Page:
xPropaganda: A Secret Place UK CD 
- Dream Within A Dream
- The Murder Of Love
- Frozen Faces
- Sorry For Laughing
- Dr. Mabuse
- The Chase
- Strength To Dream
- Femme Fatale
As a huge fan of Propaganda [MK I], I immediately bought into the notion of an album made from the two concerts that Claudia Brücken, Susanne Freytag, and Steven Lipson held in March of this year in the UK. Inasmuch as the album itself was an acme of technological achievement, I wondered to myself just which aspects of it, if any, would necessarily translate to the live arena? Especially 30+ years afterward when the stigma of “backing tapes” no longer exists. That means now that the entire multitrack recording in any way or shape the artist chooses, may be a part of their live presentation. Hmmmm. <furrows brow>
Since the concert was the classic LP played from start to finish [with a few B-sides and a song from their earliest session thrown in to make it more substantial], it began with “Dream Within A Dream.” The band here sounded live and jazzy with almost none of the music feeling canned. Sam Tate’s trumpet led one into the heart of the song while the percussion of Luís Jardim replicated all of the rhythmic complexity that he had previously placed on the original. Susanne Freytag recited the lyrics as she would handle all of the voice-over portions of the music this evening. Even those normally vocalized by the male members not present. Elsewhere, producer/guitarist Steven Lipson added his lithe guitar to the mix; defiantly not replicating the original solo by Steve Howe of Yes that graced the LP version. I was thrilled that it was decidedly different and reveled in Lipson’s solo that matched the vibe of the Howe solo but went off in very different melodic tangents.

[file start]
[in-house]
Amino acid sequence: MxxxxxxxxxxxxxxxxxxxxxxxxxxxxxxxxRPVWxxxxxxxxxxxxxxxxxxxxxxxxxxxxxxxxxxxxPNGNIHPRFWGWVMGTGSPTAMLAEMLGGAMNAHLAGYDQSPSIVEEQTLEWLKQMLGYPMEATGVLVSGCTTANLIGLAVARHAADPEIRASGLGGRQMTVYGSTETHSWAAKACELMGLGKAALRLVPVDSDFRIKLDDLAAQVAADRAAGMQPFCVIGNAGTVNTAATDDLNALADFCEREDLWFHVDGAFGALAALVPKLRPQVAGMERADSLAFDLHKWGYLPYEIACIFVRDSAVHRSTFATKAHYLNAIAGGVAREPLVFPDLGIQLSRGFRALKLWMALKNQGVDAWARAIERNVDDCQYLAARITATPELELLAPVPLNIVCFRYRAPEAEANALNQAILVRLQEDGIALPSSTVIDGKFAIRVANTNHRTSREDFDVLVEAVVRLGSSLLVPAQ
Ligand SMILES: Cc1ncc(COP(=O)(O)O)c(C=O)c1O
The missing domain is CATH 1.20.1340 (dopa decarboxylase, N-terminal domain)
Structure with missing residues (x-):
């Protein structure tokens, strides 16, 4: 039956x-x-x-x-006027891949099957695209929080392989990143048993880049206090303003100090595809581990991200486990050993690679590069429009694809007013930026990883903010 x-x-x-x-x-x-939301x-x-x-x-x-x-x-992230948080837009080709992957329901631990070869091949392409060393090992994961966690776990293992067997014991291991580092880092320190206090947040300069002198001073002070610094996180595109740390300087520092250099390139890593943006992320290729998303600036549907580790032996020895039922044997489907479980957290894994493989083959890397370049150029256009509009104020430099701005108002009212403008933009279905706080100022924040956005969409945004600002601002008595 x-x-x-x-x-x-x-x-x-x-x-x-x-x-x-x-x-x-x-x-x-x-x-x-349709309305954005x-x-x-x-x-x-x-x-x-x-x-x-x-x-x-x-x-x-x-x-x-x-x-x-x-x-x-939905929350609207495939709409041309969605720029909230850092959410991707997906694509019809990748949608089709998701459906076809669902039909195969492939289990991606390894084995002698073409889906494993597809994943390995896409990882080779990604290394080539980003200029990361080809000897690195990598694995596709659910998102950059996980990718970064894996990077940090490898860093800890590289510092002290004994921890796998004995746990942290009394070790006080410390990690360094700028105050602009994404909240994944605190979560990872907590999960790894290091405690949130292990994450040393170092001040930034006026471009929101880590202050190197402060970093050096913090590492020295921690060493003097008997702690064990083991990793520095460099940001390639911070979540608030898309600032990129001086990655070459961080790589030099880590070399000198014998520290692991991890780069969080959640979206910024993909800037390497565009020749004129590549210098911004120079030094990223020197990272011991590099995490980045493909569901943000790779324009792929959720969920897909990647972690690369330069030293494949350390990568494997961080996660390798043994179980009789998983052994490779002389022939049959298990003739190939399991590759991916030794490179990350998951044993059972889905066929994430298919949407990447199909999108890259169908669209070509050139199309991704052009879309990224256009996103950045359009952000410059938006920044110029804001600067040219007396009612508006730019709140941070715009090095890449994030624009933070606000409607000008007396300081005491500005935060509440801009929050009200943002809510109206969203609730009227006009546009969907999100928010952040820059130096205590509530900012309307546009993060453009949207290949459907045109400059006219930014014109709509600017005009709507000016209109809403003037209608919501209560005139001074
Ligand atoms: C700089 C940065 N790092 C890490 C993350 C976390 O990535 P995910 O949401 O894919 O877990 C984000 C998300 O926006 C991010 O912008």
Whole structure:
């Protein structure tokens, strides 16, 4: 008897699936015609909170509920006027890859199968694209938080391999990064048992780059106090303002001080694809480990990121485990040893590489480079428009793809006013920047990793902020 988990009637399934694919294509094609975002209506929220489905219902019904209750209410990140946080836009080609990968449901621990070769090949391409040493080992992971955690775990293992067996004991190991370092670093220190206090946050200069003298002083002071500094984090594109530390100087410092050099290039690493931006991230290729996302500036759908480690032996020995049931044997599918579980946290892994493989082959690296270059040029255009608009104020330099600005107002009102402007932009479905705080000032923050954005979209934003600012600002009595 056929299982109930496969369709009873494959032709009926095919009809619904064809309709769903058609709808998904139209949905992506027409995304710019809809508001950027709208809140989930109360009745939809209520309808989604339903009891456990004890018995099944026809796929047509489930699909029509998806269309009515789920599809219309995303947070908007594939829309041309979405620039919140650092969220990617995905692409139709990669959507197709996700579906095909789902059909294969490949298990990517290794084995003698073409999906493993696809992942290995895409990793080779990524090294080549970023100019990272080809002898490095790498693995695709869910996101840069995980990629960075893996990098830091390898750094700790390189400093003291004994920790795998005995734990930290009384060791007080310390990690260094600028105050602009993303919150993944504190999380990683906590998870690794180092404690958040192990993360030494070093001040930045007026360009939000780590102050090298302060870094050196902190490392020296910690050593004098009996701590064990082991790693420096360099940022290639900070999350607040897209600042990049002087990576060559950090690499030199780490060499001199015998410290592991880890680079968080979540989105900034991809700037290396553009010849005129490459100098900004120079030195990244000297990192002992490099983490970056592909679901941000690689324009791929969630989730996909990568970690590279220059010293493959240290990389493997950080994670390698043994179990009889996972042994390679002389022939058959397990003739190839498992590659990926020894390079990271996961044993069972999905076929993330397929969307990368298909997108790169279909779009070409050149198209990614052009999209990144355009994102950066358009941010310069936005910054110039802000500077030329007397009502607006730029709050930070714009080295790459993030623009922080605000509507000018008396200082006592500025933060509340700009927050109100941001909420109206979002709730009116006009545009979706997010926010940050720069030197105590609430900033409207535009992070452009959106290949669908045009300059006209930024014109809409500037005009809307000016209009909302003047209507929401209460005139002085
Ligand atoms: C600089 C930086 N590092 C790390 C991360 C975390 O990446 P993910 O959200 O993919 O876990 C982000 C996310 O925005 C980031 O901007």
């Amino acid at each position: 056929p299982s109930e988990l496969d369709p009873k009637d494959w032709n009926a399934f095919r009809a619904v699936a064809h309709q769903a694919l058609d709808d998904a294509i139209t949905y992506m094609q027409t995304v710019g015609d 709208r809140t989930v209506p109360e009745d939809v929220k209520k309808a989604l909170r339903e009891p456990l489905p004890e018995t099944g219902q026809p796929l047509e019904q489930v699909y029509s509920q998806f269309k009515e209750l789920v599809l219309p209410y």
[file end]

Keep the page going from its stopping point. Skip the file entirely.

This song had been much more alive and breathing that I had dared hope for up front, but that would prove to be the extreme of such an ideal for this album. In reality, songs on a track-by-track basis would vacillate between being largely playback or being quite lively; with most sitting in the middle. “Jewel” was proffered in close to its 12″ length. The drum machine mayhem was all Memorex, but the drums and percussion overlaid live added some grit. As did Lipson’s guitar though it was mixed far down until the ending coda, where the song finally took flight. The song’s angelic twin seemed to have little live apart from the drums and percussion. The famous Synclavier® middle eight was thoroughly playback.
Things became more interesting on the expansive seven and a half minute version of “Frozen Faces” placed between “side one” and “side two,” as on the original UK CD version. The live keyboards rode over the rhythm playback to give a groovy, jazz edge to the song. The spectral wail of Lipson’s Service Guitar® added an intensity of tone to the arrangement. There was no distortion in his playing, so the end result has the texture of being strings or synths. Tate’s trumpet also was added to the song’s extra open space for soloing.